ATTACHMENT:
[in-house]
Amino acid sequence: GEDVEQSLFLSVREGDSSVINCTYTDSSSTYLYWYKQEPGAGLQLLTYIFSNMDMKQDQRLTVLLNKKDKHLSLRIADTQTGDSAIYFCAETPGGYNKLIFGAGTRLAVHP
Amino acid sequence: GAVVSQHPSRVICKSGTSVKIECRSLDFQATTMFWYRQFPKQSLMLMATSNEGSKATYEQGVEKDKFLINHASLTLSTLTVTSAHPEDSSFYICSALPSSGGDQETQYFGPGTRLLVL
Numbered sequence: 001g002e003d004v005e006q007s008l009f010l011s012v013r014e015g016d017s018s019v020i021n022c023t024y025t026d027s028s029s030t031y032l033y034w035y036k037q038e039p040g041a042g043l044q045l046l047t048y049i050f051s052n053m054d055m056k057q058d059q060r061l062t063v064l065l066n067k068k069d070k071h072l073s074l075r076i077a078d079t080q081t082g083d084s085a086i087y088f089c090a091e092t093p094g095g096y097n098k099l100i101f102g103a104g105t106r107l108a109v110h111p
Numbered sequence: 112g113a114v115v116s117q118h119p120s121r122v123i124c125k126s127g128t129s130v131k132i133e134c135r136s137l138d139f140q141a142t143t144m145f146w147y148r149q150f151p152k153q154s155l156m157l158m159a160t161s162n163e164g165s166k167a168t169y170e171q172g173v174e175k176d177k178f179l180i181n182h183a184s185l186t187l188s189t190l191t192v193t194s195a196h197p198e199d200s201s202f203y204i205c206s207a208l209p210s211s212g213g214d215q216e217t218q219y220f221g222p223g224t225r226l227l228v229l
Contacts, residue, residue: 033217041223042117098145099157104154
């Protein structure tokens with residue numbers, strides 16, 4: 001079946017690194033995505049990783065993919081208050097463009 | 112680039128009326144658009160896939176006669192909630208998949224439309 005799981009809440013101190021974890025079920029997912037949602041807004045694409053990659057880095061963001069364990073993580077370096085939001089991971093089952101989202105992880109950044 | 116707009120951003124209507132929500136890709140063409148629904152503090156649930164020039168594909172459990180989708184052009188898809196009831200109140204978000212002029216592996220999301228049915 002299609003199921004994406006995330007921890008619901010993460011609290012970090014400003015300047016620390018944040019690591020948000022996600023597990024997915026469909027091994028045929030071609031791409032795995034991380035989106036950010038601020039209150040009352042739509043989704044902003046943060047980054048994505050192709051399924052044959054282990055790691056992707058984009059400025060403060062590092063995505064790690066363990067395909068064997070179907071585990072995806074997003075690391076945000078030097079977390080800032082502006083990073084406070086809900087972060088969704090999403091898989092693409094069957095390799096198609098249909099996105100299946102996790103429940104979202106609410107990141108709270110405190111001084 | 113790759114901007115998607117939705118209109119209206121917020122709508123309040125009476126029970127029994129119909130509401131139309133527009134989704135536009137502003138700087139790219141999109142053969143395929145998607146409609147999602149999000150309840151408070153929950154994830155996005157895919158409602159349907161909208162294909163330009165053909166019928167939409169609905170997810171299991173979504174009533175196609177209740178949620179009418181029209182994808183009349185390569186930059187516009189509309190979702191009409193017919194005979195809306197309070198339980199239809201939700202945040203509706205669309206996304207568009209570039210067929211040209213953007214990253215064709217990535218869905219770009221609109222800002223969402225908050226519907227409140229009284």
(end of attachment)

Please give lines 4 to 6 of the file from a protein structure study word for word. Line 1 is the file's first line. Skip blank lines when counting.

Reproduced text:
Numbered sequence: 001g002e003d004v005e006q007s008l009f010l011s012v013r014e015g016d017s018s019v020i021n022c023t024y025t026d027s028s029s030t031y032l033y034w035y036k037q038e039p040g041a042g043l044q045l046l047t048y049i050f051s052n053m054d055m056k057q058d059q060r061l062t063v064l065l066n067k068k069d070k071h072l073s074l075r076i077a078d079t080q081t082g083d084s085a086i087y088f089c090a091e092t093p094g095g096y097n098k099l100i101f102g103a104g105t106r107l108a109v110h111p
Numbered sequence: 112g113a114v115v116s117q118h119p120s121r122v123i124c125k126s127g128t129s130v131k132i133e134c135r136s137l138d139f140q141a142t143t144m145f146w147y148r149q150f151p152k153q154s155l156m157l158m159a160t161s162n163e164g165s166k167a168t169y170e171q172g173v174e175k176d177k178f179l180i181n182h183a184s185l186t187l188s189t190l191t192v193t194s195a196h197p198e199d200s201s202f203y204i205c206s207a208l209p210s211s212g213g214d215q216e217t218q219y220f221g222p223g224t225r226l227l228v229l
Contacts, residue, residue: 033217041223042117098145099157104154